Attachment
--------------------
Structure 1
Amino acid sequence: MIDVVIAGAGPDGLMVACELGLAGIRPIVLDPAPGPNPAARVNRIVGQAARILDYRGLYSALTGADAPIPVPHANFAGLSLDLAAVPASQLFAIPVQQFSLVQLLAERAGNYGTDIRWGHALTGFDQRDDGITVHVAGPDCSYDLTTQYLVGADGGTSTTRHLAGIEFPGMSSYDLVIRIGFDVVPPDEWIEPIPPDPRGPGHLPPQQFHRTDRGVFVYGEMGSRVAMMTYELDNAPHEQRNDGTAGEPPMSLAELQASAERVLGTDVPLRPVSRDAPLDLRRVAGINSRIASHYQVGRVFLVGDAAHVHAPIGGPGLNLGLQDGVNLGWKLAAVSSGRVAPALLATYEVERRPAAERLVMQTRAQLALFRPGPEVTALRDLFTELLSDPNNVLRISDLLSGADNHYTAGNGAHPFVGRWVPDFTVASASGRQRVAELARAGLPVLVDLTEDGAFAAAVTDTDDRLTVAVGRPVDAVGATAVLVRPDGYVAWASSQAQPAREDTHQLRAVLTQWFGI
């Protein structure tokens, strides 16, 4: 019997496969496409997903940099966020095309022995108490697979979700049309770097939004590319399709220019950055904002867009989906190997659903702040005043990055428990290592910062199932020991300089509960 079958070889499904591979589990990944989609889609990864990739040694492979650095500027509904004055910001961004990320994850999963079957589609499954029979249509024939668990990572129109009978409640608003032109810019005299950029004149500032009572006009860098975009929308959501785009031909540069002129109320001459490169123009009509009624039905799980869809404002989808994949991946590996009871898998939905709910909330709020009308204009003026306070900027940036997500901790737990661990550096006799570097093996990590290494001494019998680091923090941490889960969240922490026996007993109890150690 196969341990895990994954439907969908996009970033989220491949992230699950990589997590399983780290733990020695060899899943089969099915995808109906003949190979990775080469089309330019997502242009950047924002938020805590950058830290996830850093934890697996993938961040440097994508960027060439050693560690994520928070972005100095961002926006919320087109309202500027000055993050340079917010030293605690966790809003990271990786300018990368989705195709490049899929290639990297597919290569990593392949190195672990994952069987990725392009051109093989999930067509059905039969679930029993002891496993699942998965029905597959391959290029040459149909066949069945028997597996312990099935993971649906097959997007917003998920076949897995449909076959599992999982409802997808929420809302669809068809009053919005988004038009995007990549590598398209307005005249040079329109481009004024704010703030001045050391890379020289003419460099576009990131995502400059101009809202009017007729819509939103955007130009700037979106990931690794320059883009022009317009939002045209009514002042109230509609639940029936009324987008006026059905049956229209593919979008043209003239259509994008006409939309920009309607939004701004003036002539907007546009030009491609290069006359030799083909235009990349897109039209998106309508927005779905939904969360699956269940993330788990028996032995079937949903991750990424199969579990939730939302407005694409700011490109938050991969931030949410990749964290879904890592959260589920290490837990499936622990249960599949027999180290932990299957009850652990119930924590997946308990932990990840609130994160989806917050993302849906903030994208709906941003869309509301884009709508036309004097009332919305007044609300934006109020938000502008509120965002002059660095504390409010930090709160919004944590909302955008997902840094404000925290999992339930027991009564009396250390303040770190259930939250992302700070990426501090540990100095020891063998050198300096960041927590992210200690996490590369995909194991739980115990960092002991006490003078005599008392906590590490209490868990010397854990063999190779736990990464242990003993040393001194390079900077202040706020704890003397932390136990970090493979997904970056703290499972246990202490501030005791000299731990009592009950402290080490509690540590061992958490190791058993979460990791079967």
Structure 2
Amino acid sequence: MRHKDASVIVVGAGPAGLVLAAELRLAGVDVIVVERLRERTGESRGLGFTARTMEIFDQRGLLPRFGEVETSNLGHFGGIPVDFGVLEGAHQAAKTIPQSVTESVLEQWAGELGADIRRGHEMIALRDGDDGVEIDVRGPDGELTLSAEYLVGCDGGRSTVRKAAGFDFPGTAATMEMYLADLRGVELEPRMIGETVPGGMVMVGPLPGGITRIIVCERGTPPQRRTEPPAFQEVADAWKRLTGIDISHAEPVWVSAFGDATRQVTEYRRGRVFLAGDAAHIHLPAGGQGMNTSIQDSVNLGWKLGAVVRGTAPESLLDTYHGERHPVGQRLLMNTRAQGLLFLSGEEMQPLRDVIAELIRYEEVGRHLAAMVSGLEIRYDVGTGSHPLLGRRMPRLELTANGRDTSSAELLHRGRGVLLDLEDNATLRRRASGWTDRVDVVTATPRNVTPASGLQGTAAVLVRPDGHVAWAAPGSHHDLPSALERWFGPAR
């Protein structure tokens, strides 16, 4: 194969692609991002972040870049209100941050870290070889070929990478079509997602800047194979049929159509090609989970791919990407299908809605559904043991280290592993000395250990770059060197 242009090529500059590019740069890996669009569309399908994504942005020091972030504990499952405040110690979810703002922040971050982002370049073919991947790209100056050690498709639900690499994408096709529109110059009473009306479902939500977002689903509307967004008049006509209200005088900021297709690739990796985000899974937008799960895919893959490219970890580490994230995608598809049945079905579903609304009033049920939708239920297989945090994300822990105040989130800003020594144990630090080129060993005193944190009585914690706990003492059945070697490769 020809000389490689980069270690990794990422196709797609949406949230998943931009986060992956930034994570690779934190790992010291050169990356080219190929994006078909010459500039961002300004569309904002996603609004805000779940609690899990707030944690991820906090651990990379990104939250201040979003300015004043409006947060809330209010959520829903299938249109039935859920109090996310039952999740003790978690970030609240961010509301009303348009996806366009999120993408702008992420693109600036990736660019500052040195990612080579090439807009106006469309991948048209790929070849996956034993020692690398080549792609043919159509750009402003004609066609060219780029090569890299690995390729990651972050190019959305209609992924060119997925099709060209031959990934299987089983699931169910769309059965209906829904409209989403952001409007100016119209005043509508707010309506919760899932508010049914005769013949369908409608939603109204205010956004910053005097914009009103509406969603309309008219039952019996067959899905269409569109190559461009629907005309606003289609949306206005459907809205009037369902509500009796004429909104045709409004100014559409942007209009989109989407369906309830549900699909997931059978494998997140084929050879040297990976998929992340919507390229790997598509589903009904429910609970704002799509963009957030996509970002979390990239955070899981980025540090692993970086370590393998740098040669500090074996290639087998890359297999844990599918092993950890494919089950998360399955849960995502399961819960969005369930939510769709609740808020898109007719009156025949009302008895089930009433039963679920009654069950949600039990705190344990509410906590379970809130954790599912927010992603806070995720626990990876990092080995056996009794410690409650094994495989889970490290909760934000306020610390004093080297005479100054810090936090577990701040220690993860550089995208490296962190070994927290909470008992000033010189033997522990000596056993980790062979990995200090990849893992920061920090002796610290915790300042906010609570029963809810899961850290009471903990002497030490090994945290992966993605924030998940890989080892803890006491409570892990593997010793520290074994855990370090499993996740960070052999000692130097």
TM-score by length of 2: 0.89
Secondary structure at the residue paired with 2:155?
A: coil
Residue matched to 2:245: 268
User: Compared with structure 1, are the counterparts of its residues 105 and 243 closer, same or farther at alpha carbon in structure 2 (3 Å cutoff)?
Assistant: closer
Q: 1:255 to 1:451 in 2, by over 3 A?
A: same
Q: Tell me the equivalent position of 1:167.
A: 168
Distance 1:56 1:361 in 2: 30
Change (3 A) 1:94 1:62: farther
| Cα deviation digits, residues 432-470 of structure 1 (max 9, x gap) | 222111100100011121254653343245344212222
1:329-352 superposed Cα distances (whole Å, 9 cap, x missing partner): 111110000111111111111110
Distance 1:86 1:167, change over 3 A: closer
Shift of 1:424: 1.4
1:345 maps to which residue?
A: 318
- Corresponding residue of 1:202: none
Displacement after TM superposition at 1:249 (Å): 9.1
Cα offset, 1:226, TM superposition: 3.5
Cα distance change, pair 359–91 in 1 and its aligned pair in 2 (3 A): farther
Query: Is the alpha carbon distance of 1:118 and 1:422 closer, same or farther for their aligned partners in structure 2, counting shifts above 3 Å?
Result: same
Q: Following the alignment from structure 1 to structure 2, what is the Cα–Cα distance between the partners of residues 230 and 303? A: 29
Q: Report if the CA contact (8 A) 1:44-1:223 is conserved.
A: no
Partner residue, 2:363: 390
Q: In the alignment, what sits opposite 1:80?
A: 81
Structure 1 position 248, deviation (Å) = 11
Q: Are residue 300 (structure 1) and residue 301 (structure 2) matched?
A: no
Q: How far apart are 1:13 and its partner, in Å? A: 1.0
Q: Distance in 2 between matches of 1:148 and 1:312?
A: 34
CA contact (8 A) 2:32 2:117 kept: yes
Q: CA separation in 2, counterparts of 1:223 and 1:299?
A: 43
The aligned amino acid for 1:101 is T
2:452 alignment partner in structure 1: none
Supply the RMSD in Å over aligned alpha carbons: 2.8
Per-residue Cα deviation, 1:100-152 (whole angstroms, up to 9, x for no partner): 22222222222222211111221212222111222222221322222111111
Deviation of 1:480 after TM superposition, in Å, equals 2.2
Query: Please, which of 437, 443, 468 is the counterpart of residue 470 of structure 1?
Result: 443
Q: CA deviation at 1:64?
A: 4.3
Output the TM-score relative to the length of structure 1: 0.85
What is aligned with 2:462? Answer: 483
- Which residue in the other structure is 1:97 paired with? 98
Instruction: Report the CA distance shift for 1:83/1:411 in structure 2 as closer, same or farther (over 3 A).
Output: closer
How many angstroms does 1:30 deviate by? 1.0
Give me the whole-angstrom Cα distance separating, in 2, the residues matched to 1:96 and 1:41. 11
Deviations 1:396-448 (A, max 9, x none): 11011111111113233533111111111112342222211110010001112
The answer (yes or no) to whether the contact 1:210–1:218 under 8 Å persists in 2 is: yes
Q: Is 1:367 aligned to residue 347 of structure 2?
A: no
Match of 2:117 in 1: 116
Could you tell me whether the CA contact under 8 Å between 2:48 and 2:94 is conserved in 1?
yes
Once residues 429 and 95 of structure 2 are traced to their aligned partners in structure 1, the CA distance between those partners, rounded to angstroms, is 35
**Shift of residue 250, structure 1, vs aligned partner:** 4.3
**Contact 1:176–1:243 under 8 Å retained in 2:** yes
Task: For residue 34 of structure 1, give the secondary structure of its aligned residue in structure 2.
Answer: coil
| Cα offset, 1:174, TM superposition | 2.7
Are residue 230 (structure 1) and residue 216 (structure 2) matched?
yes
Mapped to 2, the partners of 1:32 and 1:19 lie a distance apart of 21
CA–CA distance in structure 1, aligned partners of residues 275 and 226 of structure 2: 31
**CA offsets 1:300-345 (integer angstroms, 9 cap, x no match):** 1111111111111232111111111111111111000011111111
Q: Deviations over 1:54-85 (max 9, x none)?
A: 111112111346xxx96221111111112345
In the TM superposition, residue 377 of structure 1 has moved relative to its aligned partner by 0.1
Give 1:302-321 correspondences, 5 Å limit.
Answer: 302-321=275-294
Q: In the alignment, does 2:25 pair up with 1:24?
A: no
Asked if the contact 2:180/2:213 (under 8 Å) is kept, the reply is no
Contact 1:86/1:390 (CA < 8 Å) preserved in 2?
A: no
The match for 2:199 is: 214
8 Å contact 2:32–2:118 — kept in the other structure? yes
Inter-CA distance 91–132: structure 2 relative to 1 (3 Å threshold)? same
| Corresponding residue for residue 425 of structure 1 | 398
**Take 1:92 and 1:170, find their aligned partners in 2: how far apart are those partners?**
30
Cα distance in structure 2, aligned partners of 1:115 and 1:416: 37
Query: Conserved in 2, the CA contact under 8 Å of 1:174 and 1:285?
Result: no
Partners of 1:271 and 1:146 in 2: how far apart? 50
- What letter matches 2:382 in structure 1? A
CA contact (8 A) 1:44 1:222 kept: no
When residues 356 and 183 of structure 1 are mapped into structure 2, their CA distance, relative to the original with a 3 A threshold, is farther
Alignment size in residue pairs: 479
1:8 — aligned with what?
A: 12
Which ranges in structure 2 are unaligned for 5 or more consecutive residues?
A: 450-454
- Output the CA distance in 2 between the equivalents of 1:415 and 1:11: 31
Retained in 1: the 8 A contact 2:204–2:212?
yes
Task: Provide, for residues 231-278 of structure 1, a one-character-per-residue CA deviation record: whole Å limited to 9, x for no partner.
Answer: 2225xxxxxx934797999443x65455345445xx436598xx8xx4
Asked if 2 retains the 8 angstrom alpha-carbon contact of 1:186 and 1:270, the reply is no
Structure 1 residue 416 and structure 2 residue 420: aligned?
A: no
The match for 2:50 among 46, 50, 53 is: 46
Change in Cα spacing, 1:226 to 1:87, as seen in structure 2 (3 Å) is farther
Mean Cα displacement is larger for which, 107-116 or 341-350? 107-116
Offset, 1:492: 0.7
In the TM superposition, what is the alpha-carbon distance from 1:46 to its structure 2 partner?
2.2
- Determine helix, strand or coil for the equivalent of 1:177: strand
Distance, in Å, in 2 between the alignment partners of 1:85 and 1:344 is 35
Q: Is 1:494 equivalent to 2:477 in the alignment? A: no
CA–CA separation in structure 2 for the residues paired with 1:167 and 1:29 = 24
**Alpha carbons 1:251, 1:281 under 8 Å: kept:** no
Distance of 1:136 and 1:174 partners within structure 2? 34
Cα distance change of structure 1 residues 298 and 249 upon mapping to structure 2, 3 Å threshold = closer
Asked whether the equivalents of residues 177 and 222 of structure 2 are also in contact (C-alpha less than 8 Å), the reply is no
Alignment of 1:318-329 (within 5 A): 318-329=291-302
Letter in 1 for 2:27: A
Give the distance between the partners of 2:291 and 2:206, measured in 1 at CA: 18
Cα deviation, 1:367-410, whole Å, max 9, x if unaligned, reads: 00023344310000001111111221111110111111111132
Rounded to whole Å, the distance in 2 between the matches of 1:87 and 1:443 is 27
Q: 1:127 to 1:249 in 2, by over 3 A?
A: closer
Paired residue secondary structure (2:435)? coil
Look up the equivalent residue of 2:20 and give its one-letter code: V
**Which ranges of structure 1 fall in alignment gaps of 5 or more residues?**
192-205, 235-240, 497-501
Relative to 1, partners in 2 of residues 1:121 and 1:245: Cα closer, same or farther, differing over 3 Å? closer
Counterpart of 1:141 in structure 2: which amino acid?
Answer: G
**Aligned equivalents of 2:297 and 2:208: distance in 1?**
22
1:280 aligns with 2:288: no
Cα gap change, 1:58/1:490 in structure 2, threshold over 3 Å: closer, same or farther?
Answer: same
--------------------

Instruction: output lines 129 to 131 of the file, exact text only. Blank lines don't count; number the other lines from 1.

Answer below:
Asked whether the equivalents of residues 177 and 222 of structure 2 are also in contact (C-alpha less than 8 Å), the reply is no
Alignment of 1:318-329 (within 5 A): 318-329=291-302
Letter in 1 for 2:27: A